tack1 «tak», noun, verb.
1. a short, sharp-pointed nail or pin with a flat, broad head: »

We bought some carpet tacks.

2. a long, loose stitch used as a temporary fastening before final sewing.
3. any very slight, loose fastening: »

hanging by a tack.

4. a) the act of fastening lightly or temporarily. b) the condition of being fastened this way.
6. Nautical. a) the direction in which a ship moves in regard to the direction of the wind and the position of her sails. When on port tack, a ship has the wind on her left. b) a slanting or zigzag course against the wind. c) one of the straight runs in a zigzag course. d) the act of zigzagging; turn from one straight run to the next.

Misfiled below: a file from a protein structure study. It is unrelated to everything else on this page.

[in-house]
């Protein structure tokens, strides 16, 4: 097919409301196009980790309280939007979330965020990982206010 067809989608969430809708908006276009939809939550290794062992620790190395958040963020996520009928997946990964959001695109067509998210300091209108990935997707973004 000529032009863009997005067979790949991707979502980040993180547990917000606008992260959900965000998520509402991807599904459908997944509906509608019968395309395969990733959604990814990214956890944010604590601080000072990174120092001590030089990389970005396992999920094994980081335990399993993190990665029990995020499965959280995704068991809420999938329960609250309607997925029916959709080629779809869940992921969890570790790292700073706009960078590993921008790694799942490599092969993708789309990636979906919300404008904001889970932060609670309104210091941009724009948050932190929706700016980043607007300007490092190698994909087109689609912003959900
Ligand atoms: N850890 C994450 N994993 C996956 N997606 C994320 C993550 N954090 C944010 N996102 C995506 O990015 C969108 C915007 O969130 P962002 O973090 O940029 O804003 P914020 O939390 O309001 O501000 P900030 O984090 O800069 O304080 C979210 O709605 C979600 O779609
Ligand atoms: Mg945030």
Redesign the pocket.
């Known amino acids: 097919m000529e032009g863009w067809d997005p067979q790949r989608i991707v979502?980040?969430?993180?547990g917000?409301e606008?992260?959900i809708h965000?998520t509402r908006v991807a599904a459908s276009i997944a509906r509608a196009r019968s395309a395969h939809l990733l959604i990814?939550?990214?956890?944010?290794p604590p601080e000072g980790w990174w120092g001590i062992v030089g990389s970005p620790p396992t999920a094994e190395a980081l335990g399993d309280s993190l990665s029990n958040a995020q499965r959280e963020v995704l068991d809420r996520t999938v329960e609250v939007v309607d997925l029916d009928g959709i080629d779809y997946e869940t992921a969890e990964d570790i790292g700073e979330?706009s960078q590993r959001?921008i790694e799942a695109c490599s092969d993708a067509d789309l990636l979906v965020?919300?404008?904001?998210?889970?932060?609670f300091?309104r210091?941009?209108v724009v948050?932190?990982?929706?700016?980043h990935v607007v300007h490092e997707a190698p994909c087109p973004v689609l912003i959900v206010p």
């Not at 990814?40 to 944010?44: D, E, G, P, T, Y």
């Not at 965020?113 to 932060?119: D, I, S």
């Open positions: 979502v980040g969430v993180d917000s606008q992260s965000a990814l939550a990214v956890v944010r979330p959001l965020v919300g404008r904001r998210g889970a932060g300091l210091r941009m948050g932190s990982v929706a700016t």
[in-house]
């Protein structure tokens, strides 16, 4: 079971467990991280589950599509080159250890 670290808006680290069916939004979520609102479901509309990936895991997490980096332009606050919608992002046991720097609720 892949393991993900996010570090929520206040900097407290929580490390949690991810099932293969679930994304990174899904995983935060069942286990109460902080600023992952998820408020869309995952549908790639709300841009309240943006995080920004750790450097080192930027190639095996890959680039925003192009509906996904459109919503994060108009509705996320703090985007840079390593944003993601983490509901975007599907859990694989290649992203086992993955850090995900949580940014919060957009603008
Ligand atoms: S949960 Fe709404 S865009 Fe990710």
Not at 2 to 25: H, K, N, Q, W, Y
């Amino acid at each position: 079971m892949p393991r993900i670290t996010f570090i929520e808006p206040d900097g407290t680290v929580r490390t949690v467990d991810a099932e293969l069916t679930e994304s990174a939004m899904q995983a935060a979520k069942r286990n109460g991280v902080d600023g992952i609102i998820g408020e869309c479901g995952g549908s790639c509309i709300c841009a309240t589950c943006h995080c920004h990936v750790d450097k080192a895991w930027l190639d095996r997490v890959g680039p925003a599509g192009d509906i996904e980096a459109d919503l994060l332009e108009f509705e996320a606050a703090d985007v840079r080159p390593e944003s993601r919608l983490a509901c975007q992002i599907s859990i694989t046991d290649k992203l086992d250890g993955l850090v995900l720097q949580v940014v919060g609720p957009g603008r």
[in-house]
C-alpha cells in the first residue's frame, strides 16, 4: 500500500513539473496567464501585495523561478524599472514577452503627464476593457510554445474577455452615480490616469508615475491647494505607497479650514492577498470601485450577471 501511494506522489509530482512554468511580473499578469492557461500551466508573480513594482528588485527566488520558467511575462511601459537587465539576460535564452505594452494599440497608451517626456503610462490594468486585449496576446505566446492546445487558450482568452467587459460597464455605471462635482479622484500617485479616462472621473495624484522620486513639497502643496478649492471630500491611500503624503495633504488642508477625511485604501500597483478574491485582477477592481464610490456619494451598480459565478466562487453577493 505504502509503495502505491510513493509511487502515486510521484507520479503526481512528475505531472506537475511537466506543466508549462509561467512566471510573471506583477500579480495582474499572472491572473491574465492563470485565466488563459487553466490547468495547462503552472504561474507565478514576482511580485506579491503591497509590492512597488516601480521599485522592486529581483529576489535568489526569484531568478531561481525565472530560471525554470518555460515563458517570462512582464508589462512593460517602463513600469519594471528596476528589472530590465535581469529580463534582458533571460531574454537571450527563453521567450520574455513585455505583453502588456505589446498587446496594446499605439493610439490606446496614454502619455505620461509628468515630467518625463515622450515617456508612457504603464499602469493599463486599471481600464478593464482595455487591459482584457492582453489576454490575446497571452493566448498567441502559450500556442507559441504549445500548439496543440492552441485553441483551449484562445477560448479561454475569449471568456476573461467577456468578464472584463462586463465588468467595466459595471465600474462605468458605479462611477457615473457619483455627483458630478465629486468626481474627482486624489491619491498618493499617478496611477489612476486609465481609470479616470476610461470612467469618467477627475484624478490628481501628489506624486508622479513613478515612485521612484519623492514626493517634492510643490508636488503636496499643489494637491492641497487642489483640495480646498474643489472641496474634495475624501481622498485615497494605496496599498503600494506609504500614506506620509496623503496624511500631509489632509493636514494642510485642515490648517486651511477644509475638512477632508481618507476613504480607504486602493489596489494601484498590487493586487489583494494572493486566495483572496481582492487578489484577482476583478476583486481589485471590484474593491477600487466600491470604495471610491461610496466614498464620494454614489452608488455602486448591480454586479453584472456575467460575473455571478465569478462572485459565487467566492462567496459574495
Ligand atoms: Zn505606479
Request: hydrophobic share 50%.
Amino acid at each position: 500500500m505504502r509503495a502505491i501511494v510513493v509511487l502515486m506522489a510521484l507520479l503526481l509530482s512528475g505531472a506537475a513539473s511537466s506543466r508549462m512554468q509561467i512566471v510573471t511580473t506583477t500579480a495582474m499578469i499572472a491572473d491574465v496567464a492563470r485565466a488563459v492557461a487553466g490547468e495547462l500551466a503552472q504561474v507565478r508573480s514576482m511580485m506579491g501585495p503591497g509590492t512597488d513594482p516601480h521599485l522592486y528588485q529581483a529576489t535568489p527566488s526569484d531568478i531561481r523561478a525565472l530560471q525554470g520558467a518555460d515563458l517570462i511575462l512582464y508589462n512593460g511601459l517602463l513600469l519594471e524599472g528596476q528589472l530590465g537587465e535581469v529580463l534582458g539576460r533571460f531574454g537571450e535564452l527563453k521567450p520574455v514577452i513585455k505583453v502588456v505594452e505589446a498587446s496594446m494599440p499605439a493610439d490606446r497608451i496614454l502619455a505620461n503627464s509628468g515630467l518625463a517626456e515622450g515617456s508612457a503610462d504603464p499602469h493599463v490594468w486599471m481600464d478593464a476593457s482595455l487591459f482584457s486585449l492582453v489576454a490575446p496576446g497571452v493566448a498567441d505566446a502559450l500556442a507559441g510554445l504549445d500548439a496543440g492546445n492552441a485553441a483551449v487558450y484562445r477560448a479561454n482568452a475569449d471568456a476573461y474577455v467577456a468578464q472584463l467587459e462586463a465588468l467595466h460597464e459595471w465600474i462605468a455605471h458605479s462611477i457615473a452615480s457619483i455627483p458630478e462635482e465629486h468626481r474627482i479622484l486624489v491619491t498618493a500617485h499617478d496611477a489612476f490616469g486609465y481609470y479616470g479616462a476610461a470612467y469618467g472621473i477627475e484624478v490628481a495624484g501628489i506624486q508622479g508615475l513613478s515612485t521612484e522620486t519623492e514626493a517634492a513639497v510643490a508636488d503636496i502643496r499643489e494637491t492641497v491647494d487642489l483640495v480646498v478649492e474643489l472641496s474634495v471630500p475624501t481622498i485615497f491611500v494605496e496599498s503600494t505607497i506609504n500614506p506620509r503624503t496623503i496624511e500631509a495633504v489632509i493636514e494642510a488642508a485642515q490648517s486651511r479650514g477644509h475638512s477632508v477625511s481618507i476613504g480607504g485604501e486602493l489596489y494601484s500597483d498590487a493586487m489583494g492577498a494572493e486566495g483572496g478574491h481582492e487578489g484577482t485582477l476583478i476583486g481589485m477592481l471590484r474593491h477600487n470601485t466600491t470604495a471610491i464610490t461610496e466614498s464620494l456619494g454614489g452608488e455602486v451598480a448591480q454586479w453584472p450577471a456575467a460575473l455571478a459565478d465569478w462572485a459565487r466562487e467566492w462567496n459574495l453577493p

7. Figurative. any zigzag movement.
8. Figurative. a course of action or conduct: »

To demand what he wanted was the wrong tack to take with his father. They think the House will take a tougher tack on dollar-a-year men (Wall Street Journal).

9. Nautical. the rope to hold in place the outer lower corner of some sails. The rope securing a course on a square-rigged ship and the rope securing a studding-sail to the end of the boom are both tacks. a) the corner held by any such rope, such as the forward lower corner of a fore-and-aft sail.
10. saddles, harnesses, and other equipment for horses.
11. a bar or strip to hold up shoots or stems, in gardening.
12. a brace to hold a pipe to a wall.
1. to fasten with tacks (short nails): »

to tack up a notice. She tacked mosquito netting over the windows.

2. to sew with temporary stitches.